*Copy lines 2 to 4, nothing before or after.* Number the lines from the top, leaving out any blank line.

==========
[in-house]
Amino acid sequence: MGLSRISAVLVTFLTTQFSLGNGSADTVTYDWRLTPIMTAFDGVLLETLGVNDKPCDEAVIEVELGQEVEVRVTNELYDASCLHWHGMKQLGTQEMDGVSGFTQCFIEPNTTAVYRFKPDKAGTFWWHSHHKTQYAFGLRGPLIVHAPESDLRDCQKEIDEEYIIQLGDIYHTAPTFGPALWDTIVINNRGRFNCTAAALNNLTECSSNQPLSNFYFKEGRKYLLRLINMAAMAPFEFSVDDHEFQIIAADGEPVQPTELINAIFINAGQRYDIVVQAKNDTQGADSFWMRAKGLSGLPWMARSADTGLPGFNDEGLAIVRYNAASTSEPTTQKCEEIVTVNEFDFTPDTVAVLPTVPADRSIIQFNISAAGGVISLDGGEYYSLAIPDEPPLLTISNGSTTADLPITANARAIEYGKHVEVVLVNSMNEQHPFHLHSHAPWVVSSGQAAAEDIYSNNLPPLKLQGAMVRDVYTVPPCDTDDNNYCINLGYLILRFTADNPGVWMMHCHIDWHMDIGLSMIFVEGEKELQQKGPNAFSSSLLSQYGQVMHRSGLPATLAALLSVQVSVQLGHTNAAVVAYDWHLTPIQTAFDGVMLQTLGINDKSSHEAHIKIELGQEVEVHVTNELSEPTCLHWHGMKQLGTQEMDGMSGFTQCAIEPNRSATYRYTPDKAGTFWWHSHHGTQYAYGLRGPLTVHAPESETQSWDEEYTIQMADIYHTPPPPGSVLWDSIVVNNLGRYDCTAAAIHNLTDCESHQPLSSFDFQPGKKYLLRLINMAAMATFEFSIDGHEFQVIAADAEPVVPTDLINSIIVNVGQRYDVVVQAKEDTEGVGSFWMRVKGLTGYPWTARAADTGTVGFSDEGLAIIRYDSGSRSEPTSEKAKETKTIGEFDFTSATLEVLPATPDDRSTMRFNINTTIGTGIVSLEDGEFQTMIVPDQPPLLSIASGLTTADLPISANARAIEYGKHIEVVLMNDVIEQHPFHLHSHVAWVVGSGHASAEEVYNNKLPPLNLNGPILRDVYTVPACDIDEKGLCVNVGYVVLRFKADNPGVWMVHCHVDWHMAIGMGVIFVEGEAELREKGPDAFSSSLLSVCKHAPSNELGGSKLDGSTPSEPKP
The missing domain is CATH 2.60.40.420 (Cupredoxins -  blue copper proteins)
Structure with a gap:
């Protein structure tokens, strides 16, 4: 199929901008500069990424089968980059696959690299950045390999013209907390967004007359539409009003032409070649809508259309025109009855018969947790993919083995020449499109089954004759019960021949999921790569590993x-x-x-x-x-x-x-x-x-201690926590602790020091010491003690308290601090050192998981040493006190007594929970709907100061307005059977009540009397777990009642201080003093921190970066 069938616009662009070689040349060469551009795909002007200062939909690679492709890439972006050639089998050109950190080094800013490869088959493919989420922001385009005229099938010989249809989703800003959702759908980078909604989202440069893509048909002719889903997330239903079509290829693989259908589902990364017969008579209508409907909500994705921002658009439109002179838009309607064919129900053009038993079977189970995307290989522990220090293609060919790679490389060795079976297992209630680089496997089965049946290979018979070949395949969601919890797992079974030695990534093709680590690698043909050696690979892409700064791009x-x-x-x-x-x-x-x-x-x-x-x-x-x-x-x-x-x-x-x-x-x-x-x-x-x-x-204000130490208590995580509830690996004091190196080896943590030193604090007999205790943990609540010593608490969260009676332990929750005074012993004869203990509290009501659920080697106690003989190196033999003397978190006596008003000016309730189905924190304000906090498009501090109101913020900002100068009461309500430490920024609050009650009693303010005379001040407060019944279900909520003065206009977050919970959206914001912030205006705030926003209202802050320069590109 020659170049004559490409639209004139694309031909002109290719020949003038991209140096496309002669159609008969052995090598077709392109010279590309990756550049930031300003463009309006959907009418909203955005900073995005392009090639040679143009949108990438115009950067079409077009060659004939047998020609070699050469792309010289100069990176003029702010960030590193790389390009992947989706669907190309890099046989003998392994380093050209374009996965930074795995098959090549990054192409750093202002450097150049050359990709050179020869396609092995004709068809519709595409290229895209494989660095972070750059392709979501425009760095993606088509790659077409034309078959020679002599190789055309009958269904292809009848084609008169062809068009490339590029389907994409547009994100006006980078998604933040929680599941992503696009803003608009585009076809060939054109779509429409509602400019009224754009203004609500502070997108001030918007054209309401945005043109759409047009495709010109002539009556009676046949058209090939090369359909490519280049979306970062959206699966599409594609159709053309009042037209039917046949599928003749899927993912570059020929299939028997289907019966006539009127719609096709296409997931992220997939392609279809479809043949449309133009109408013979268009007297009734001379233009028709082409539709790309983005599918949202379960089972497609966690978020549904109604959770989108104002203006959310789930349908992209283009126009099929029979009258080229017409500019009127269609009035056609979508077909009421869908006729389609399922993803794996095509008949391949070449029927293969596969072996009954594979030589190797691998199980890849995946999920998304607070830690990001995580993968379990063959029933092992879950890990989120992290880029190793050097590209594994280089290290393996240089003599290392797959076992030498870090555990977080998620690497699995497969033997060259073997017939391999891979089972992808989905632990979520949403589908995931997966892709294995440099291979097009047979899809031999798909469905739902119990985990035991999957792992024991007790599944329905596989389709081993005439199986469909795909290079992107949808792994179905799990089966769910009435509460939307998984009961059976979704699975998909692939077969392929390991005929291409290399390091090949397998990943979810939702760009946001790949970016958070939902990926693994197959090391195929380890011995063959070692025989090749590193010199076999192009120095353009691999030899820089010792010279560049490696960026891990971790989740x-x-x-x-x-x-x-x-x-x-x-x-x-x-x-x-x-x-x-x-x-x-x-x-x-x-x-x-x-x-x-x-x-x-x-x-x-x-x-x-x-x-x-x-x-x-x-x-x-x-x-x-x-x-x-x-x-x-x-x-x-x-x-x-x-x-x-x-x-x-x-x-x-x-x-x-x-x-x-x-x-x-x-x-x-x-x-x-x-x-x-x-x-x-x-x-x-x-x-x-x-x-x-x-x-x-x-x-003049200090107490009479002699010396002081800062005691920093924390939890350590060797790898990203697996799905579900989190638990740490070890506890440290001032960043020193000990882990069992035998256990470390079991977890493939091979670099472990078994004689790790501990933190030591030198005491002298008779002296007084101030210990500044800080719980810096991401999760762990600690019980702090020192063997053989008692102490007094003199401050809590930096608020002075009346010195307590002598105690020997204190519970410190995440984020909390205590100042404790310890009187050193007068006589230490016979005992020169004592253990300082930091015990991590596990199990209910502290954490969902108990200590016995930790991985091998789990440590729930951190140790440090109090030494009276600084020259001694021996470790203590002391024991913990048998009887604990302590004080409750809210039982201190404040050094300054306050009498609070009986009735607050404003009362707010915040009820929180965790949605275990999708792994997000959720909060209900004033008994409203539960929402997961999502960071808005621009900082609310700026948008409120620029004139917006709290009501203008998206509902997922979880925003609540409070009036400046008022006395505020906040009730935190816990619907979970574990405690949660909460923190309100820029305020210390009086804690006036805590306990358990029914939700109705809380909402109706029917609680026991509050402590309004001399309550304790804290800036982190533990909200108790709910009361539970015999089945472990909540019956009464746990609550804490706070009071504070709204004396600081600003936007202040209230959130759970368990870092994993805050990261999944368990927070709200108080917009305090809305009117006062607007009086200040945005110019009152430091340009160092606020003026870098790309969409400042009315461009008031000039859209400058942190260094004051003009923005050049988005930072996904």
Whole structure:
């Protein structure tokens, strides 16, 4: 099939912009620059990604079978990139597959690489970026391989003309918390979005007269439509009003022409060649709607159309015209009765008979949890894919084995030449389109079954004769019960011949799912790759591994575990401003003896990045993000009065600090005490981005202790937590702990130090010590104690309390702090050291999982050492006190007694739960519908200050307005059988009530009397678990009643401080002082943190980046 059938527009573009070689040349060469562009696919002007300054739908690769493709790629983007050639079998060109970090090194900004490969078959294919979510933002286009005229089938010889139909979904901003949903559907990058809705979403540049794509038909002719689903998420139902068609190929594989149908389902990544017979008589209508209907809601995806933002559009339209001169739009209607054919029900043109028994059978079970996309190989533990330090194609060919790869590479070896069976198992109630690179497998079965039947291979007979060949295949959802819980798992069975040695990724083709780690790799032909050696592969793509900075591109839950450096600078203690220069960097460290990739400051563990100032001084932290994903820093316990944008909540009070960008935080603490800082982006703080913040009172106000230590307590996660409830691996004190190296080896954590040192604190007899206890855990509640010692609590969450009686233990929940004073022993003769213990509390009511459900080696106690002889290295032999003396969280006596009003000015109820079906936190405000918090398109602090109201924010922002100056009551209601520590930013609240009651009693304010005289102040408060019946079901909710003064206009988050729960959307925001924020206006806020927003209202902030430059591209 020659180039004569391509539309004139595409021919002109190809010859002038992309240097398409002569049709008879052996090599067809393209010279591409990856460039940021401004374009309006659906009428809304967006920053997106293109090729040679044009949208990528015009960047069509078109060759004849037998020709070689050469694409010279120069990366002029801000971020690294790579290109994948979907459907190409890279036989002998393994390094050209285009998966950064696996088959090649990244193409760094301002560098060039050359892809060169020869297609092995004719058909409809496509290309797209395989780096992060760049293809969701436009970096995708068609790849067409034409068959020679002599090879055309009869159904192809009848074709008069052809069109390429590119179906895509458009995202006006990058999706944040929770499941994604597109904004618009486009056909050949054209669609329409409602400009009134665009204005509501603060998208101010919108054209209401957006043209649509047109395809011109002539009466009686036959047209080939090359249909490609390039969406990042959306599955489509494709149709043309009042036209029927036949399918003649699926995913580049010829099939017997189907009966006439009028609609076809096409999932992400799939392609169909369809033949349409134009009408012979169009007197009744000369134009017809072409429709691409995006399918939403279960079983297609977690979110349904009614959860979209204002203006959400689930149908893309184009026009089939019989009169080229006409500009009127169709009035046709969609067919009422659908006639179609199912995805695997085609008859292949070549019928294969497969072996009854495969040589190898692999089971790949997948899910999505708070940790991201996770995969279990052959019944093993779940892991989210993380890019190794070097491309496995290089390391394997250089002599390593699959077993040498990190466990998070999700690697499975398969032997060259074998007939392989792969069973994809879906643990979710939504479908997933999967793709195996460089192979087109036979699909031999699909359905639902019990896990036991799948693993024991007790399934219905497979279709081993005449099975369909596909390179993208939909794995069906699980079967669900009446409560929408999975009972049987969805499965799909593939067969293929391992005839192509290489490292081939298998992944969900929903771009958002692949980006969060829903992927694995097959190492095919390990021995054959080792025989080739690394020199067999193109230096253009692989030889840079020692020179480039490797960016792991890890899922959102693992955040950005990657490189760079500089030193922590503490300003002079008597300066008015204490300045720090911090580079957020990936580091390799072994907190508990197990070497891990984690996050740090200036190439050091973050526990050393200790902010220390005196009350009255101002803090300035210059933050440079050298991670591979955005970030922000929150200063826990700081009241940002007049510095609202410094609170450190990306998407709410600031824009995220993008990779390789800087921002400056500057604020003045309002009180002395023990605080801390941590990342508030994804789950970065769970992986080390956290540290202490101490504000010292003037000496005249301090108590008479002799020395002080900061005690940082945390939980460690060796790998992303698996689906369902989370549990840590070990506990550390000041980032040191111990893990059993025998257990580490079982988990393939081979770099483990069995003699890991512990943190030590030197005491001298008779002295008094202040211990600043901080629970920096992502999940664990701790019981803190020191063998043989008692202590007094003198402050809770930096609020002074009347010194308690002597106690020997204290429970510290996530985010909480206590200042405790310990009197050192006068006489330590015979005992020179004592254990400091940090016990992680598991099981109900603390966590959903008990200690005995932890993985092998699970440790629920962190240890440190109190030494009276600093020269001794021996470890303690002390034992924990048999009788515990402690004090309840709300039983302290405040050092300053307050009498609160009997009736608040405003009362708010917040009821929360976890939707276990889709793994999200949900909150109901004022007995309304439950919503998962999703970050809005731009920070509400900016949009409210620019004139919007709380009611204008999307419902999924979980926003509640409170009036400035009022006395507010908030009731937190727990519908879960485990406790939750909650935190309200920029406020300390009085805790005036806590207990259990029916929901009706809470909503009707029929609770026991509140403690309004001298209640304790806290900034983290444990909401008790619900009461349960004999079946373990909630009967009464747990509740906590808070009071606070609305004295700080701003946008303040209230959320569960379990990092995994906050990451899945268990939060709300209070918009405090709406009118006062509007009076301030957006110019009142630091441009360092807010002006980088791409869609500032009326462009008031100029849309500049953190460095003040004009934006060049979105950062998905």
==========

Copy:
Amino acid sequence: MGLSRISAVLVTFLTTQFSLGNGSADTVTYDWRLTPIMTAFDGVLLETLGVNDKPCDEAVIEVELGQEVEVRVTNELYDASCLHWHGMKQLGTQEMDGVSGFTQCFIEPNTTAVYRFKPDKAGTFWWHSHHKTQYAFGLRGPLIVHAPESDLRDCQKEIDEEYIIQLGDIYHTAPTFGPALWDTIVINNRGRFNCTAAALNNLTECSSNQPLSNFYFKEGRKYLLRLINMAAMAPFEFSVDDHEFQIIAADGEPVQPTELINAIFINAGQRYDIVVQAKNDTQGADSFWMRAKGLSGLPWMARSADTGLPGFNDEGLAIVRYNAASTSEPTTQKCEEIVTVNEFDFTPDTVAVLPTVPADRSIIQFNISAAGGVISLDGGEYYSLAIPDEPPLLTISNGSTTADLPITANARAIEYGKHVEVVLVNSMNEQHPFHLHSHAPWVVSSGQAAAEDIYSNNLPPLKLQGAMVRDVYTVPPCDTDDNNYCINLGYLILRFTADNPGVWMMHCHIDWHMDIGLSMIFVEGEKELQQKGPNAFSSSLLSQYGQVMHRSGLPATLAALLSVQVSVQLGHTNAAVVAYDWHLTPIQTAFDGVMLQTLGINDKSSHEAHIKIELGQEVEVHVTNELSEPTCLHWHGMKQLGTQEMDGMSGFTQCAIEPNRSATYRYTPDKAGTFWWHSHHGTQYAYGLRGPLTVHAPESETQSWDEEYTIQMADIYHTPPPPGSVLWDSIVVNNLGRYDCTAAAIHNLTDCESHQPLSSFDFQPGKKYLLRLINMAAMATFEFSIDGHEFQVIAADAEPVVPTDLINSIIVNVGQRYDVVVQAKEDTEGVGSFWMRVKGLTGYPWTARAADTGTVGFSDEGLAIIRYDSGSRSEPTSEKAKETKTIGEFDFTSATLEVLPATPDDRSTMRFNINTTIGTGIVSLEDGEFQTMIVPDQPPLLSIASGLTTADLPISANARAIEYGKHIEVVLMNDVIEQHPFHLHSHVAWVVGSGHASAEEVYNNKLPPLNLNGPILRDVYTVPACDIDEKGLCVNVGYVVLRFKADNPGVWMVHCHVDWHMAIGMGVIFVEGEAELREKGPDAFSSSLLSVCKHAPSNELGGSKLDGSTPSEPKP
The missing domain is CATH 2.60.40.420 (Cupredoxins -  blue copper proteins)
Structure with a gap: